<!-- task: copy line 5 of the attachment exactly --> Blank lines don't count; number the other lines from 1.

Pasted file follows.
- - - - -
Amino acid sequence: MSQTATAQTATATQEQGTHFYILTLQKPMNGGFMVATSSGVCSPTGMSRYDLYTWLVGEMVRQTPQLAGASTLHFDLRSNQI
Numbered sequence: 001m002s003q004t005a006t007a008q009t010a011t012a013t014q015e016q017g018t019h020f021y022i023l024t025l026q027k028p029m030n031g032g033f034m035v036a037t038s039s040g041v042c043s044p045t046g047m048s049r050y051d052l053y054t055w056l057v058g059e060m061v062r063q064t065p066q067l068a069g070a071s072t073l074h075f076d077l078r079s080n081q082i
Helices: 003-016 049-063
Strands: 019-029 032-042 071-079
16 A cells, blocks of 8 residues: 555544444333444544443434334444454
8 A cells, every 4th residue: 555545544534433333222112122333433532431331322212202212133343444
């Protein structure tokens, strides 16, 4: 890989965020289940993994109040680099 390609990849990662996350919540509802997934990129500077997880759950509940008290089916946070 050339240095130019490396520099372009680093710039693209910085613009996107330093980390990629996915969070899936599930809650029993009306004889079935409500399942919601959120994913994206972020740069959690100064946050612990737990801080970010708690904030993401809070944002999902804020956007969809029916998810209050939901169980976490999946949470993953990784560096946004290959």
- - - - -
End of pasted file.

16 A cells, blocks of 8 residues: 555544444333444544443434334444454